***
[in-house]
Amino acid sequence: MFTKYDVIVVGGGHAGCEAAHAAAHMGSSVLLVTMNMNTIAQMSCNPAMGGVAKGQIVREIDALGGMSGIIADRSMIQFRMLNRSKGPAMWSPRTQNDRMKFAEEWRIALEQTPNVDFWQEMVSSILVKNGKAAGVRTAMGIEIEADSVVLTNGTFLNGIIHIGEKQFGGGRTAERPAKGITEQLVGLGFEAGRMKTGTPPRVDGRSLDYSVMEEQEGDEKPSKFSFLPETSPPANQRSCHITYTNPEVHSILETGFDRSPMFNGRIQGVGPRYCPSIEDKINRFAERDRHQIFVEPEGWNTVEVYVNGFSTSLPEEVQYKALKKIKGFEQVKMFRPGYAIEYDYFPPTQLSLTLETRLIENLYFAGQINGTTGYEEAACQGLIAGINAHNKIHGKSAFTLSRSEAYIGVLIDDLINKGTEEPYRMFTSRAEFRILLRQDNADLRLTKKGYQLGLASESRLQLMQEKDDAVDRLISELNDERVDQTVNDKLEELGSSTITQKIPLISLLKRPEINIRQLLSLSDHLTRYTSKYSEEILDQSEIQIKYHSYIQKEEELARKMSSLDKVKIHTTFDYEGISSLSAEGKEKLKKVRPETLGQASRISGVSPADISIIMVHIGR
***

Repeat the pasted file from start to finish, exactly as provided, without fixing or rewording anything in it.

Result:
[in-house]
Amino acid sequence: MFTKYDVIVVGGGHAGCEAAHAAAHMGSSVLLVTMNMNTIAQMSCNPAMGGVAKGQIVREIDALGGMSGIIADRSMIQFRMLNRSKGPAMWSPRTQNDRMKFAEEWRIALEQTPNVDFWQEMVSSILVKNGKAAGVRTAMGIEIEADSVVLTNGTFLNGIIHIGEKQFGGGRTAERPAKGITEQLVGLGFEAGRMKTGTPPRVDGRSLDYSVMEEQEGDEKPSKFSFLPETSPPANQRSCHITYTNPEVHSILETGFDRSPMFNGRIQGVGPRYCPSIEDKINRFAERDRHQIFVEPEGWNTVEVYVNGFSTSLPEEVQYKALKKIKGFEQVKMFRPGYAIEYDYFPPTQLSLTLETRLIENLYFAGQINGTTGYEEAACQGLIAGINAHNKIHGKSAFTLSRSEAYIGVLIDDLINKGTEEPYRMFTSRAEFRILLRQDNADLRLTKKGYQLGLASESRLQLMQEKDDAVDRLISELNDERVDQTVNDKLEELGSSTITQKIPLISLLKRPEINIRQLLSLSDHLTRYTSKYSEEILDQSEIQIKYHSYIQKEEELARKMSSLDKVKIHTTFDYEGISSLSAEGKEKLKKVRPETLGQASRISGVSPADISIIMVHIGR